Everything started to come together at that time. Not only was I trading on my own without any interference, but that same eastern European situation led to my first truly major trade for Soros’s Quantum Fund. I never had more conviction about any trade than I did about the long side of the Deutsche mark when the Berlin wall came down. One of the reasons I was so bullish on the Deutsche mark was a radical currency theory proposed by George Soros in his book, The Alchemy of Finance. His theory was that if a huge deficit were accompanied by an expansionary fiscal policy and tight monetary policy, the country’s currency would actually rise. The dollar provided a perfect test case in the 1981-84 period. At the time, the general consensus was that the dollar would decline because of the huge budget deficit. However, because money was attracted into the country by a tight monetary policy, the dollar actually went sharply higher.

 

When the Berlin wall came down, it was one of those situations that I could see as clear as day. West Germany was about to run up a huge budget deficit to finance the rebuilding of East Germany. At the same time, the Bundesbank was not going to tolerate any inflation. I went headlong into the Deutsche mark. It turned out to be a terrific trade.

Now I know this isn’t the perfect analogy, but I can’t help but wonder if it will be more correct than all the Yuan bears who are predicting a China collapse.

Putting it all together

We have a Chinese President who wants to be re-elected shortly after his party’s 100th anniversary celebration in 2021. Therefore, it will be important that the Chinese economy is humming along at full speed at that time. To do that, he needs to stimulate in 2020, but the problem is, if he doesn’t tap the brakes now, he might risk overheating before then. President Xi will therefore take the hit, and get the pain over with in 2018 and 2019. Yet the story is further complicated by the fact that China’s long run infrastructure program is causing a hot fiscal policy. All of these factors add up to a much tighter PBOC for the next couple of years.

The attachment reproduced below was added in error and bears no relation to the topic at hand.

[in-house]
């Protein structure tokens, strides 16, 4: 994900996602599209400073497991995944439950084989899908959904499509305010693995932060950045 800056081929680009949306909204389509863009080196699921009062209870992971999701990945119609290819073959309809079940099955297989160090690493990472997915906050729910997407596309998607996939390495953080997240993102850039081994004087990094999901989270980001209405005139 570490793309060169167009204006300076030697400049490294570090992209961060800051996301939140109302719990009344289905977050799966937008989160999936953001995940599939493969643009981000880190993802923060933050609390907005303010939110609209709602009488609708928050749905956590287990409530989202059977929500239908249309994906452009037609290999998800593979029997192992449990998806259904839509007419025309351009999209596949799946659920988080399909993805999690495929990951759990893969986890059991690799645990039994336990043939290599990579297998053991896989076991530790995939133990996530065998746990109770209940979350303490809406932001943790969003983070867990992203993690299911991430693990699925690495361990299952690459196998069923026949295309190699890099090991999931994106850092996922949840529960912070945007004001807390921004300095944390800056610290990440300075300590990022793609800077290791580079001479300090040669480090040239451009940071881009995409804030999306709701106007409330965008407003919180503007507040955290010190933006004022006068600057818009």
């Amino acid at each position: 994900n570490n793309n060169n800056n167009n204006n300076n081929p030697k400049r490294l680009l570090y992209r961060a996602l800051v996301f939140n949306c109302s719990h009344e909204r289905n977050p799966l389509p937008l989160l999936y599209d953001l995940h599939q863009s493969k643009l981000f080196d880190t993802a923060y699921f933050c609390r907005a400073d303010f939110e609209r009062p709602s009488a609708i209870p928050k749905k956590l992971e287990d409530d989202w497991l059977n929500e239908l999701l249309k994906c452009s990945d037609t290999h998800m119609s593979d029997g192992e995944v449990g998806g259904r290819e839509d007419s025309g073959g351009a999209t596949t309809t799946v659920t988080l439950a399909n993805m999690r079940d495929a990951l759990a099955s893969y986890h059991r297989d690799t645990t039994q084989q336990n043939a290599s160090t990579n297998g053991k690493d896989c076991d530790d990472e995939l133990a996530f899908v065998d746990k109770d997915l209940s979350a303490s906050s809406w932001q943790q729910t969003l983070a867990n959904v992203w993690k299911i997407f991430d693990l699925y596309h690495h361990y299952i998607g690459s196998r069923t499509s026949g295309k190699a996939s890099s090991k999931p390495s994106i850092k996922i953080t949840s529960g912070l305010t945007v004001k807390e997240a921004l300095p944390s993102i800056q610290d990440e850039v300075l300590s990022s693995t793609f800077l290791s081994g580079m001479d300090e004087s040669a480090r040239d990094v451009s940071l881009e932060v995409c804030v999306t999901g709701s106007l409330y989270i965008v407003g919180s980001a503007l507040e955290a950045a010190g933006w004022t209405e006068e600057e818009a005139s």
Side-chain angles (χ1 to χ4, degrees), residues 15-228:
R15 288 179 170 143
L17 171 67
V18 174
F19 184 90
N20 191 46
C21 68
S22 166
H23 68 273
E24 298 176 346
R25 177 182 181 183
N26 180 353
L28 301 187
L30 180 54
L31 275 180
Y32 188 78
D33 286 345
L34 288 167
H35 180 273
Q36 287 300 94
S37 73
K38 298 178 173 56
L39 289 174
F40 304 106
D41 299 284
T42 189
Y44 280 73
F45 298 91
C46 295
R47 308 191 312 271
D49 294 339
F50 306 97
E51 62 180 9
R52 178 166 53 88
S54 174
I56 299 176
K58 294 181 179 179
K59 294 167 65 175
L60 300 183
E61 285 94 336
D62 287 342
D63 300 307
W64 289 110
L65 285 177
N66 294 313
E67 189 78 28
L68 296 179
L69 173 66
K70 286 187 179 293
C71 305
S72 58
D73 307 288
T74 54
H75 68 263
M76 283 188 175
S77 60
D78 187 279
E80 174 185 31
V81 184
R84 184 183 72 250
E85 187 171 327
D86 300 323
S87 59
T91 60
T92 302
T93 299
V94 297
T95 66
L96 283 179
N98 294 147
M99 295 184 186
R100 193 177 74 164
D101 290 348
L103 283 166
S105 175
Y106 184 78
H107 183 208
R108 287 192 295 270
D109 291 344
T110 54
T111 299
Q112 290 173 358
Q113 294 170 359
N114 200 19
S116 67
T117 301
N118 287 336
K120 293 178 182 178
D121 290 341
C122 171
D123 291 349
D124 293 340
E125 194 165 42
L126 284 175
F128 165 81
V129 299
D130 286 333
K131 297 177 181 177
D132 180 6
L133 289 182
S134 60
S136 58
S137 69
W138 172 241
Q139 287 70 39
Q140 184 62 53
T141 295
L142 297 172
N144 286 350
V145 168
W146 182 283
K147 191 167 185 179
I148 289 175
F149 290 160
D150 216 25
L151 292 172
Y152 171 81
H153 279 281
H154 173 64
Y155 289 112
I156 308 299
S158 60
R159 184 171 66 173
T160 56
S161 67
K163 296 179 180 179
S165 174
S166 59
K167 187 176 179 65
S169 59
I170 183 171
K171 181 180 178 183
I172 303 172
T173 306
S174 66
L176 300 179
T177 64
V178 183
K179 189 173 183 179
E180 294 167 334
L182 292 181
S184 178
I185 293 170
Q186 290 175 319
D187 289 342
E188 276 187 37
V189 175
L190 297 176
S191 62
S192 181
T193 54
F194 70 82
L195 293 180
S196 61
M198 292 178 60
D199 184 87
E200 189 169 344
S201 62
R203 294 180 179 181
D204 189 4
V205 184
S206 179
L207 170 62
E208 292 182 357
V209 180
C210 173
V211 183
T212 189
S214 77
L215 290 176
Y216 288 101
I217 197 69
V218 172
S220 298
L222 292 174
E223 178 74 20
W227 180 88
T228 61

Call me an idiot, but I am tempted to take the long Yuan trade. I know that seems insane - all those really smart hedge fund managers are all forecasting a China collapse. But buying Yuan is probably better than betting on stocks going down because of the tight Chinese monetary policy. Not convinced it’s the best trade, and not even sure if I am going to do it in any real size, but I have often found the hardest trades, are often the best trades.

Either way, be aware of this multi-year seasonal Chinese economic timing dynamic. Maybe Felix just laid out a timetable for the market to finally roll over, albeit still many months away. That’s probably good because it certainly feels like it will be that long before we get any meaningful correction…

 

Comments

philipat CashMcCall Thu, 11/30/2017 - 21:59 Permalink

I have pointed this out on many occasions and you are absolutely correct. China has more than adequate Gold and Forex reserves and its debt is all internal in RMB. So if State -owned Companies go tits up, the State-owned Banks will just write-off the loans and, as necessary to remain solvent, pass the losses back to PBOC who will print more RMB as necessary.

In reply to by CashMcCall

RedDwarf Thu, 11/30/2017 - 19:20 Permalink

China played with more free markets and had an explosion in growth and GDP, but the Communists have gone back to their old ways of trying to dictate the economy.  China as a result is headed for a major economic crisis.